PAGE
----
Calling it out: The role of institutional racism in disparities in educational outcomes




Locke, Victoria Nevin

Journal Title

Journal ISSN

Volume Title



Disparities in educational outcomes are investigated using Critical Race Theory and a quantitative theoretical model from the health literature. Data from the Early Childhood Longitudinal Study - Kindergarten Cohort are linked with segregation indices for dissimilarity and poverty interaction derived from US Census 2000 data to estimate the impact of institutional racism on grade retention and middle school science achievement. Discrete time hazard and shared frailty models demonstrate that while blacks are the most likely to be retained in grade, there are racial/ethnic differences in the risk factors. For science achievement, OLS Regression and Hierarchical Linear Models are used to estimate the impact at the individual and school levels of analysis. Students who attended minority-segregated or economically and racially isolated schools in kindergarten have lower science achievement in middle school, as do students who attend schools in eighth grade with fewer resources and a higher percentage of minority students. The empirical analyses indicate that both individual and structural level predictors explain much of the racial/ethnic disparities in educational outcomes.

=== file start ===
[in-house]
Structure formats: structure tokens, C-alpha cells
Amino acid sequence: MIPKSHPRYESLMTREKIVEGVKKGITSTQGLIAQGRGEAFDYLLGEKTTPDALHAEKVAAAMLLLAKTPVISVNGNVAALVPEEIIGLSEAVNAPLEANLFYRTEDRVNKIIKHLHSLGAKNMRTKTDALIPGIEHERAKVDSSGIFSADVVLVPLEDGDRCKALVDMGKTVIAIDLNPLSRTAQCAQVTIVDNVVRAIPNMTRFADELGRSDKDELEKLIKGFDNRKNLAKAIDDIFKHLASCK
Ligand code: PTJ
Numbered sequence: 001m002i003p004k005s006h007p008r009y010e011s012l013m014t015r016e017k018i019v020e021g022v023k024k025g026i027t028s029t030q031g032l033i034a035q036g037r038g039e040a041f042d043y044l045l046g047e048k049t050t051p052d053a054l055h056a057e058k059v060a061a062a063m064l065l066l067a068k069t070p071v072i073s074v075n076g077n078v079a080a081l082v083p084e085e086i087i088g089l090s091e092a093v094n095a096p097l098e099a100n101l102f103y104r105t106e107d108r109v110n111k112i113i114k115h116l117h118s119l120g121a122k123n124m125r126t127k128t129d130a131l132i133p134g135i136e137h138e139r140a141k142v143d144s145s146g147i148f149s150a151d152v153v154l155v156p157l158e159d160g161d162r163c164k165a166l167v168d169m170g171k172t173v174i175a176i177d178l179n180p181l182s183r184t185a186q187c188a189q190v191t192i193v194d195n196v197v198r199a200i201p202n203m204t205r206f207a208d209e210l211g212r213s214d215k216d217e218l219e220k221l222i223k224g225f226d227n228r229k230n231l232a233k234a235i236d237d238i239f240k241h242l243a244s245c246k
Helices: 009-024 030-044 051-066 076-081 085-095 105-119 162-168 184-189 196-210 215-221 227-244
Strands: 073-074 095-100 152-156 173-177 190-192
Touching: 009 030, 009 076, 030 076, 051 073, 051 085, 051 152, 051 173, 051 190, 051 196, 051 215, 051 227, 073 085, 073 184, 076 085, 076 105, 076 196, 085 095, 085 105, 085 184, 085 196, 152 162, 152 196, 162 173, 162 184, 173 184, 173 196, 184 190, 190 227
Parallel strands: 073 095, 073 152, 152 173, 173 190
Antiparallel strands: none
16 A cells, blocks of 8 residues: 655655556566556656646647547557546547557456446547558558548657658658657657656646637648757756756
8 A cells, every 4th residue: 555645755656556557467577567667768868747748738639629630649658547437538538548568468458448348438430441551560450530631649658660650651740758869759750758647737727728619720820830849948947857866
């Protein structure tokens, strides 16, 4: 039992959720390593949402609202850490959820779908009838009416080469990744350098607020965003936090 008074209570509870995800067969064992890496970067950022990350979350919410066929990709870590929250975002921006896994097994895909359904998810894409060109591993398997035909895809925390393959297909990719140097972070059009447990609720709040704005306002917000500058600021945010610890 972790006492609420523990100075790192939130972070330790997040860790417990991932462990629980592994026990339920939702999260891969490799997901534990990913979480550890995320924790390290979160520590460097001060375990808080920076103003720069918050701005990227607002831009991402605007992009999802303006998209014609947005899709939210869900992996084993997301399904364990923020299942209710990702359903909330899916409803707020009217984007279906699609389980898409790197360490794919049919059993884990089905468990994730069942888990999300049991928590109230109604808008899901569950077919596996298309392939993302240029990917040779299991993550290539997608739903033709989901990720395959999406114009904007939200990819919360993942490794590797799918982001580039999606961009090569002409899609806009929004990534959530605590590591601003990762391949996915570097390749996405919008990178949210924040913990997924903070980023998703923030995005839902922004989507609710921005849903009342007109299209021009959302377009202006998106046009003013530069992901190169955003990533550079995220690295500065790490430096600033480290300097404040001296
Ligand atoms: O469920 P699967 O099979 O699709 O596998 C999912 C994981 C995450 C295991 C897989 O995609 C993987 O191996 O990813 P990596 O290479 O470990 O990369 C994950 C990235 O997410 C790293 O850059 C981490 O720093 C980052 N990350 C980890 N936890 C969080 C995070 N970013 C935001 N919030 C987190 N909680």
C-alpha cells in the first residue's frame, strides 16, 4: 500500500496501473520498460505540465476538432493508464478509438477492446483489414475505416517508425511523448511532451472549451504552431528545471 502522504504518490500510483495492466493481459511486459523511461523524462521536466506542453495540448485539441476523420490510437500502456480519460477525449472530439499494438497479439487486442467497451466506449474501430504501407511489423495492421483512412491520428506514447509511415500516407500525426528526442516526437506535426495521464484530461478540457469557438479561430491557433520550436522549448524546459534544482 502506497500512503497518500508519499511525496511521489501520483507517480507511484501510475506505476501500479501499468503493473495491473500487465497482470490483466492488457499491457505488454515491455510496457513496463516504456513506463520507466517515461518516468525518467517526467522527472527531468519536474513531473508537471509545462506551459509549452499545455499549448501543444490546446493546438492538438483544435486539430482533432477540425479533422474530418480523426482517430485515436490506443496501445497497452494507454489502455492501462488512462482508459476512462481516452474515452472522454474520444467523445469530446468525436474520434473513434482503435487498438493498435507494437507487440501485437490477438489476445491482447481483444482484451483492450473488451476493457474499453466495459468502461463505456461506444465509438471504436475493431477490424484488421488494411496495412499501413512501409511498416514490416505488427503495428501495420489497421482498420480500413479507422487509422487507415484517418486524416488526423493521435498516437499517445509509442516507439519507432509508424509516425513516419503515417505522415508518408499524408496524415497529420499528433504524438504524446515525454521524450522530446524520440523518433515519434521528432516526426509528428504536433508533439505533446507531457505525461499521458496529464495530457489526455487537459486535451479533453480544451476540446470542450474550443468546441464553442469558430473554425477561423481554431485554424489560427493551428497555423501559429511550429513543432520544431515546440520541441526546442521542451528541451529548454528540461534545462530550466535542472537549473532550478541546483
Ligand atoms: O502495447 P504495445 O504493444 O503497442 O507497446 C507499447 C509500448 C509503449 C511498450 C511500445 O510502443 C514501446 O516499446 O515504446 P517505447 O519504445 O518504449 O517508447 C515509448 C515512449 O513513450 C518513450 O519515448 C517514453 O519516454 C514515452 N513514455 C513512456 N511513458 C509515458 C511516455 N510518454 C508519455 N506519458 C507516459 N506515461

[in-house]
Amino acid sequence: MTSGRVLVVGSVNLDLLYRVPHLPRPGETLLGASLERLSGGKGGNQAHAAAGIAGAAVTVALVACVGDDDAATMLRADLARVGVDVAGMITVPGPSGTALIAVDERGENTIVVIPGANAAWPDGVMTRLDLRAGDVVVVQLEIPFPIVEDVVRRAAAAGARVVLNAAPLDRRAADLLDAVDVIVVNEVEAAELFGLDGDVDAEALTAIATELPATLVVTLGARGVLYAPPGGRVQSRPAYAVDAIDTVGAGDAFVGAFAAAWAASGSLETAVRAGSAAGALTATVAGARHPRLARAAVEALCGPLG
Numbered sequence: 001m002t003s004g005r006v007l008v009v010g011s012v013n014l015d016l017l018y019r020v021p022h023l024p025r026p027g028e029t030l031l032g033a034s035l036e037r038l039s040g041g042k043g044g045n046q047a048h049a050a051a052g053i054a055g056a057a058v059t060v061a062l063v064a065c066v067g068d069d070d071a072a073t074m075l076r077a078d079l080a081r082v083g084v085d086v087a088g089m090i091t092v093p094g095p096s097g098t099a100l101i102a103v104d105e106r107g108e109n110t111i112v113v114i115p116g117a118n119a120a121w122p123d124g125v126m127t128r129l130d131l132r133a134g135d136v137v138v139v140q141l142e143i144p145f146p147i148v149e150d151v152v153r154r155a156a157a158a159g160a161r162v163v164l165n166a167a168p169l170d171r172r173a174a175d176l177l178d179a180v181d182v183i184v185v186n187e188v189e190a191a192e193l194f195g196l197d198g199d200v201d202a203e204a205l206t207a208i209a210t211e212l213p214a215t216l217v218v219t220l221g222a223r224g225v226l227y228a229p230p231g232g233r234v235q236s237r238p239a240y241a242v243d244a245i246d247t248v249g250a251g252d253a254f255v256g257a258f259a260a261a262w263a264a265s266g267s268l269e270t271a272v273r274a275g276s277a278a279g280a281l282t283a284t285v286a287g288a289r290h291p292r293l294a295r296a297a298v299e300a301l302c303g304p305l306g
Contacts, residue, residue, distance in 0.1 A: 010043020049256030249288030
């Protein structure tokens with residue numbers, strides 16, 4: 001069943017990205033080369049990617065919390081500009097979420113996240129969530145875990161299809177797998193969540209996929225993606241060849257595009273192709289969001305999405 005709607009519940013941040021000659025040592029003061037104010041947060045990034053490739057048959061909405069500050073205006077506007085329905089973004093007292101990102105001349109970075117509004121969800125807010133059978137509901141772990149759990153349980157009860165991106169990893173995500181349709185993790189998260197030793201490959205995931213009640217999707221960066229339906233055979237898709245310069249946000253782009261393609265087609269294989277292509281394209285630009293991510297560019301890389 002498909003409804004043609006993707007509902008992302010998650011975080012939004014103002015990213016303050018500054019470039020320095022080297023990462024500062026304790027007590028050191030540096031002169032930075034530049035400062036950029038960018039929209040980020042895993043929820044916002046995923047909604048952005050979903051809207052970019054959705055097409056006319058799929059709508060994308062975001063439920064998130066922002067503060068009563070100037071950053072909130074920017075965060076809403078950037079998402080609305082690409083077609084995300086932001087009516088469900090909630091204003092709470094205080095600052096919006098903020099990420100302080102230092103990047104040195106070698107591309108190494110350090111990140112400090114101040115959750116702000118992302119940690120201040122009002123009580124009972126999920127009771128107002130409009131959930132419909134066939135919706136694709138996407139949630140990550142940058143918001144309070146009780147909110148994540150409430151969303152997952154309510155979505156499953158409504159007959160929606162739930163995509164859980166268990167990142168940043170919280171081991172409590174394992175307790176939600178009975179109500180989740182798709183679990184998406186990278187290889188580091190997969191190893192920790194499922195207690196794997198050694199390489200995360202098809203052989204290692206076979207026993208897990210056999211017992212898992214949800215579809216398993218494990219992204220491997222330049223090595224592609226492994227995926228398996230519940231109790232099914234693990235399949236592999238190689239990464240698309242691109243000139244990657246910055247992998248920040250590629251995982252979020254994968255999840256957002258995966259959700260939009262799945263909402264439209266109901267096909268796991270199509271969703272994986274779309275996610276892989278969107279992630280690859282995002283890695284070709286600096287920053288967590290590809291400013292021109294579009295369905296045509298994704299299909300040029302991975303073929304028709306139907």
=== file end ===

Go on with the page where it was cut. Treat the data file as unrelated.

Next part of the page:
This item is available only to currently enrolled UTSA students, faculty or staff. To download, navigate to Log In in the top right-hand corner of this screen, then select Log in with my UTSA ID.


critical race theory, disparities in educational outcomes, grade retention, institutional racism, multilevel model, science achievement